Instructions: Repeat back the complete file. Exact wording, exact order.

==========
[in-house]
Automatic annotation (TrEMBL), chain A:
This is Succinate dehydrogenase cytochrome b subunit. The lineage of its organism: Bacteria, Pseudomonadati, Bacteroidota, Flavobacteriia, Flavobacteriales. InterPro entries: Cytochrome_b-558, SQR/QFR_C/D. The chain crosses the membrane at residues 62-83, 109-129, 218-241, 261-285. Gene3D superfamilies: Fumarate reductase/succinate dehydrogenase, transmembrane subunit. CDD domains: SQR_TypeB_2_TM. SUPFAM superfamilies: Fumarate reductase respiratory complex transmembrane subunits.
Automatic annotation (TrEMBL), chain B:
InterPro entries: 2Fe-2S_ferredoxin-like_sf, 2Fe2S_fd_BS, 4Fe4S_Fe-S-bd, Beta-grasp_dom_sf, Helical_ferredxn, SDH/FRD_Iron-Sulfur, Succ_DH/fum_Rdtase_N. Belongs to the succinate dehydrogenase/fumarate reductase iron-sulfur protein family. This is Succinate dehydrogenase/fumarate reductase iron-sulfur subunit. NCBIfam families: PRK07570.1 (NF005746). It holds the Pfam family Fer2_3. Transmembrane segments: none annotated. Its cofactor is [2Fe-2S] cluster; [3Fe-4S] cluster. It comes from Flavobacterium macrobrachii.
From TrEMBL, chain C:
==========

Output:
[in-house]
Automatic annotation (TrEMBL), chain A:
This is Succinate dehydrogenase cytochrome b subunit. The lineage of its organism: Bacteria, Pseudomonadati, Bacteroidota, Flavobacteriia, Flavobacteriales. InterPro entries: Cytochrome_b-558, SQR/QFR_C/D. The chain crosses the membrane at residues 62-83, 109-129, 218-241, 261-285. Gene3D superfamilies: Fumarate reductase/succinate dehydrogenase, transmembrane subunit. CDD domains: SQR_TypeB_2_TM. SUPFAM superfamilies: Fumarate reductase respiratory complex transmembrane subunits.
Automatic annotation (TrEMBL), chain B:
InterPro entries: 2Fe-2S_ferredoxin-like_sf, 2Fe2S_fd_BS, 4Fe4S_Fe-S-bd, Beta-grasp_dom_sf, Helical_ferredxn, SDH/FRD_Iron-Sulfur, Succ_DH/fum_Rdtase_N. Belongs to the succinate dehydrogenase/fumarate reductase iron-sulfur protein family. This is Succinate dehydrogenase/fumarate reductase iron-sulfur subunit. NCBIfam families: PRK07570.1 (NF005746). It holds the Pfam family Fer2_3. Transmembrane segments: none annotated. Its cofactor is [2Fe-2S] cluster; [3Fe-4S] cluster. It comes from Flavobacterium macrobrachii.
From TrEMBL, chain C: